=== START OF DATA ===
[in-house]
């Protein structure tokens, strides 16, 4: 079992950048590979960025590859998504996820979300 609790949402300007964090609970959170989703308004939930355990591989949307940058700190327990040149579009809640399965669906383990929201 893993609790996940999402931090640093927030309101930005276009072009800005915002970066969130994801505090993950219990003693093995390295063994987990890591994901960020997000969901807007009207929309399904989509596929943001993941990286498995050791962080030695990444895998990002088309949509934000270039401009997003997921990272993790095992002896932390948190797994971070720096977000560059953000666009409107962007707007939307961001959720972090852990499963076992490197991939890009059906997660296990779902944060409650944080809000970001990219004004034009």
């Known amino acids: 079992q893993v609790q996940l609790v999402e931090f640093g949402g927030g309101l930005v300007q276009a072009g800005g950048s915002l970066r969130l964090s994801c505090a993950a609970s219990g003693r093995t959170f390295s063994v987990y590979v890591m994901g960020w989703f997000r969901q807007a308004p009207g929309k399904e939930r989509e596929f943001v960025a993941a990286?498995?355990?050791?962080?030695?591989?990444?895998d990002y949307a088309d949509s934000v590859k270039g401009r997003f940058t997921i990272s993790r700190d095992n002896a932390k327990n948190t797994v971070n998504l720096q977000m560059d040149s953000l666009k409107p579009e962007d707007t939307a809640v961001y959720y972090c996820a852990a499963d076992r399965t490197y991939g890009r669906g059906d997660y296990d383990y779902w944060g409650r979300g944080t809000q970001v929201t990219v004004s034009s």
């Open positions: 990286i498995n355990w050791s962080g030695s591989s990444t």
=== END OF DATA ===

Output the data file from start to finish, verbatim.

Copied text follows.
[in-house]
């Protein structure tokens, strides 16, 4: 079992950048590979960025590859998504996820979300 609790949402300007964090609970959170989703308004939930355990591989949307940058700190327990040149579009809640399965669906383990929201 893993609790996940999402931090640093927030309101930005276009072009800005915002970066969130994801505090993950219990003693093995390295063994987990890591994901960020997000969901807007009207929309399904989509596929943001993941990286498995050791962080030695990444895998990002088309949509934000270039401009997003997921990272993790095992002896932390948190797994971070720096977000560059953000666009409107962007707007939307961001959720972090852990499963076992490197991939890009059906997660296990779902944060409650944080809000970001990219004004034009």
């Known amino acids: 079992q893993v609790q996940l609790v999402e931090f640093g949402g927030g309101l930005v300007q276009a072009g800005g950048s915002l970066r969130l964090s994801c505090a993950a609970s219990g003693r093995t959170f390295s063994v987990y590979v890591m994901g960020w989703f997000r969901q807007a308004p009207g929309k399904e939930r989509e596929f943001v960025a993941a990286?498995?355990?050791?962080?030695?591989?990444?895998d990002y949307a088309d949509s934000v590859k270039g401009r997003f940058t997921i990272s993790r700190d095992n002896a932390k327990n948190t797994v971070n998504l720096q977000m560059d040149s953000l666009k409107p579009e962007d707007t939307a809640v961001y959720y972090c996820a852990a499963d076992r399965t490197y991939g890009r669906g059906d997660y296990d383990y779902w944060g409650r979300g944080t809000q970001v929201t990219v004004s034009s």
């Open positions: 990286i498995n355990w050791s962080g030695s591989s990444t």